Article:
Sunday, January 30, 2011


The Right Word
By Kelly Sloan
As pretentiously irrelevant as the State of The Union Address has become in recent times – its main value appearing to be in providing analytical fodder for the likes of… well, me – the annual speech does have a mildly didactic element to it; evaluating the address in its entirety – what was said, how it was said, what was not said – can offer a glimpse into the true visions and priorities of the administration, beyond what was intended.

In Tuesday night’s speech, President Obama was faced with balancing the political need to move to the right, with his innate ideological desire to continue leftward. It was an effort that fell lamentably short.

Many of the elements of the speech designed to appeal to the right – references to American greatness, free markets and the like – appeared to be forced, reactive, and merely included for political expediency. As an acknowledgment of the lesson of last November – the public repudiation of his previously avowed agenda – and a genuine move to the center, it was, predictably, inadequate.

The President mounted a disingenuous defense of his most spectacular failure –the stimulus package – and then launched into a shopping list of even more spending projects, euphemized as “investments”.

The problem is that his investment history has not been good. The return on the Trillion-plus dollar stimulus package – investment if you will – was supposed to be reduced unemployment and resultant economic growth. The reality is an average unemployment rate remaining at around 9.5% nationally; well after the financial crisis has run its course. Not to mention enough debt to keep our great- grandchildren in penury. And the President’s follow up plan? Redouble the effort, effectively throwing good (borrowed) money after bad.

The instances where the President made an attempt to reach out to Republicans in Congress (and the voters who put them there) were, for the most part, plagued by a conspicuous lack of details. For instance, he made some welcome references to simplifying the tax code, and reducing the corporate tax rate, but offered no clue as to what such a tax code would look like – leaving it wide open to a range of options, from an economically sound flat-tax proposal, to an even more confiscatory progressive tax structure without any deductions – nor any hint as to what rate he would consider reducing corporate tax to.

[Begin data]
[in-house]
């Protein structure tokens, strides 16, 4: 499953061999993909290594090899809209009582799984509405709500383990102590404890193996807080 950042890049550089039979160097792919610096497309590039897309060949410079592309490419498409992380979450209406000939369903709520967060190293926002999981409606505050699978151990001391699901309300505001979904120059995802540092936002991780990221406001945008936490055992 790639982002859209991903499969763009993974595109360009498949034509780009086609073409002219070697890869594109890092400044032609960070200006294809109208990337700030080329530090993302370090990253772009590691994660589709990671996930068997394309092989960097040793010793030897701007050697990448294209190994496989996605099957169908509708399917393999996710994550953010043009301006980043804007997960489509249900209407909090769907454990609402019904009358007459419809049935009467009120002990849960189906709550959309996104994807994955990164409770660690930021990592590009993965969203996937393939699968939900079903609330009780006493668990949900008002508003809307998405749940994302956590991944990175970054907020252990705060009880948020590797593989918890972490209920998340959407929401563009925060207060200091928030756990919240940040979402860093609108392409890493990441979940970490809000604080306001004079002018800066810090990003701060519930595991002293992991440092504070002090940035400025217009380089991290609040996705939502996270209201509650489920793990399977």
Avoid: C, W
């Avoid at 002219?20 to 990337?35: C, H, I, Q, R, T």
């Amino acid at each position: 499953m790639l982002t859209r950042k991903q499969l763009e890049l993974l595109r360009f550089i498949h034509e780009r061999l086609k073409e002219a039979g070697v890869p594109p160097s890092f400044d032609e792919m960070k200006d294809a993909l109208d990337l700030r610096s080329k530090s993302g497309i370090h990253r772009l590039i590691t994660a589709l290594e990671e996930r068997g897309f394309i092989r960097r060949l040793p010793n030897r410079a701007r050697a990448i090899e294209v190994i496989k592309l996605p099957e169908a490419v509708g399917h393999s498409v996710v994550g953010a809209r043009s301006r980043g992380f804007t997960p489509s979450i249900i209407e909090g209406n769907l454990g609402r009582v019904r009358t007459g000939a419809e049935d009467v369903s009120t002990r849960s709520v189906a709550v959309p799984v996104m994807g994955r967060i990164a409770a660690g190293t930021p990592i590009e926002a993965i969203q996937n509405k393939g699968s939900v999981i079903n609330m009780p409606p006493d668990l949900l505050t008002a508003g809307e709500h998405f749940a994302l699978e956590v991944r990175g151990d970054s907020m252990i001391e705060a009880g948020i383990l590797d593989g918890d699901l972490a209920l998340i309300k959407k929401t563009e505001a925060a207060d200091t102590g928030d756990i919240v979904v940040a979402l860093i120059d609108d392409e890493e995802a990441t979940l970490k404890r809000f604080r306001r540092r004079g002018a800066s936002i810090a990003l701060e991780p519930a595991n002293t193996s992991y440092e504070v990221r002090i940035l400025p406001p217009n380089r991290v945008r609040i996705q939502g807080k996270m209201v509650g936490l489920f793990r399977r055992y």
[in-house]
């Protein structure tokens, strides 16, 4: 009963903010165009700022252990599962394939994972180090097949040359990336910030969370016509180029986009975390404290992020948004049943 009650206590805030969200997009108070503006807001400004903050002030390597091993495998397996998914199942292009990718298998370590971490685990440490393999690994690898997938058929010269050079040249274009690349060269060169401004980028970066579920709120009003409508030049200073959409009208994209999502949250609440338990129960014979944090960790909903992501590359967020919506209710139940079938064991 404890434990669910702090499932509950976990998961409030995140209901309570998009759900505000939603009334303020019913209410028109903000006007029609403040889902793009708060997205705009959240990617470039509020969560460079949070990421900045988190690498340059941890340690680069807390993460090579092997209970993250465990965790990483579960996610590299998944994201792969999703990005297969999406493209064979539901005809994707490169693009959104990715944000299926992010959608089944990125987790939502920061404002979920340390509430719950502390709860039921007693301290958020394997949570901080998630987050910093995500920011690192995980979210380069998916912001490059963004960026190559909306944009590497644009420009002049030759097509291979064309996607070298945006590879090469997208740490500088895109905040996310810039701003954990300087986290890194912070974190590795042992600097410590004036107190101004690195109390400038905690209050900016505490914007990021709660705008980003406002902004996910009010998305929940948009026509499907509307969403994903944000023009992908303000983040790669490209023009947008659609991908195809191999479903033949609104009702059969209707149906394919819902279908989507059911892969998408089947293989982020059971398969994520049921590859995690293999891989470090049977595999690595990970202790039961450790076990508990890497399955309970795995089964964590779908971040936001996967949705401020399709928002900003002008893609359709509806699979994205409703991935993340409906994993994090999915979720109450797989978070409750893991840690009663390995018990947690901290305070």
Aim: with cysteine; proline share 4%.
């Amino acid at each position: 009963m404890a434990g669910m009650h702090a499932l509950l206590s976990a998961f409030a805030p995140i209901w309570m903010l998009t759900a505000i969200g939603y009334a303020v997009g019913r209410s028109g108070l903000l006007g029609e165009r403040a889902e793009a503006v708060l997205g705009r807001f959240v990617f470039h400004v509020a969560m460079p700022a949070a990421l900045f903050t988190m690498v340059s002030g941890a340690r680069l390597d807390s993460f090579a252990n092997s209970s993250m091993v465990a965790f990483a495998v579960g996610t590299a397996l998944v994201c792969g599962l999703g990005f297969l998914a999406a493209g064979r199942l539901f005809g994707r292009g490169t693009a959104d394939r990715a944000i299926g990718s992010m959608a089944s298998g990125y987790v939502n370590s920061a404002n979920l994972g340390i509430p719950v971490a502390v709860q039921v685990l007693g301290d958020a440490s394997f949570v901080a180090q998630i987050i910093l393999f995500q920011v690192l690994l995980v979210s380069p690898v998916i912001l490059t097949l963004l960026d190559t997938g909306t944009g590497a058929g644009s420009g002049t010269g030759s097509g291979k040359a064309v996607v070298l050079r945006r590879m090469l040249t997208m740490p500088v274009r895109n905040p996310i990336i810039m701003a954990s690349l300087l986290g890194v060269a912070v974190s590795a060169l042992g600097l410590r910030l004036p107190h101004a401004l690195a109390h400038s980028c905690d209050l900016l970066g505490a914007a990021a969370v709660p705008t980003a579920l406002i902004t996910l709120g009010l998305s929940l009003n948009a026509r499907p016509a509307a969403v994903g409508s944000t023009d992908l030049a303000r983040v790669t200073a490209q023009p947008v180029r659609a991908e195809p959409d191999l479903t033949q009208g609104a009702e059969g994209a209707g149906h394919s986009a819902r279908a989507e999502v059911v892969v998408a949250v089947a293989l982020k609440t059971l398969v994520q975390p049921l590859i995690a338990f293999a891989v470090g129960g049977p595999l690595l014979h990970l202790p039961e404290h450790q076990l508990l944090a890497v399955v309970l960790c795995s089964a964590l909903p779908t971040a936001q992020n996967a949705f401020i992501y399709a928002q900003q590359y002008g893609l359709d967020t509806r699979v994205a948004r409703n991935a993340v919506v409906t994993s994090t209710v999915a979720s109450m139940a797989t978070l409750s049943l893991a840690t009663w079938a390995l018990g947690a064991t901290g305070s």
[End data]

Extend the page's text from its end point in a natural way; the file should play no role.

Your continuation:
Similarly, his call for a review of government regulations, ostensibly aimed to reduce the burden on the private sector, is laudable. However, by qualifying the proposal by stating that he would “not hesitate to create or enforce commonsense safeguards”, to which he then equated the Consumer Protection Act and Obamacare, he swung wide the gates to interpretation. I venture to predict that Obama’s idea of a “commonsense safeguard” is rather more intrusive than that of most Americans.

This same vagueness was displayed in regards to the deficit, especially entitlement spending, which he danced around in a most Bolshoi-esque manner. Interestingly, after allocating most of the first half of the address to solicitations for further “investment”, he appeared to have suddenly come to the realization that the government spends more than it takes in (!) and that we need to find ways to cut spending (it’s not “investment” when talking about the deficit, you see).

His announcement to freeze domestic spending over the next five years would be fabulous, had he not spent the last two years inflating that spending to previously inconceivable levels. Of course by reiterating, again, the superstition that his health care bill will magically reduce the deficit by spending more, he revealed that he is either quite insincere about reducing spending substantially, or he is incapable of seeing economic reality past the veil of his own rhetoric.

Foreign policy, lamentably, was an afterthought, relegated to a handful of broad platitudes buried near the end of the address.

Overall, the speech revealed a misguided view on the role of government; the belief that government is the source for every solution to what ails society. Obama’s vision of government is that of an almost omnipotent entity that stands ready to inject itself wherever, and whenever, it determines it ought to.

Despite trying to reposition himself to the center, the President's inclination toward expansive government was evident with virtually every sentence, even while attempting to prove otherwise; for instance, while speaking on the need to reduce redundancy among government agencies, he related a mildly amusing story about how the Interior Department was in charge of salmon while they were in fresh water, but the Commerce Department was in charge of them when in salt water. Illustrative as the anecdote may be, it never once occurred to the President to question why, for Pete’s sake, any agency of the United States government was in charge of Salmon.

That, in essence, sums up the President’s State of the Union Address, and the next two years of his Presidency.

This column first appeared in the Grand Junction Free Press, Friday, Jan 28 2010

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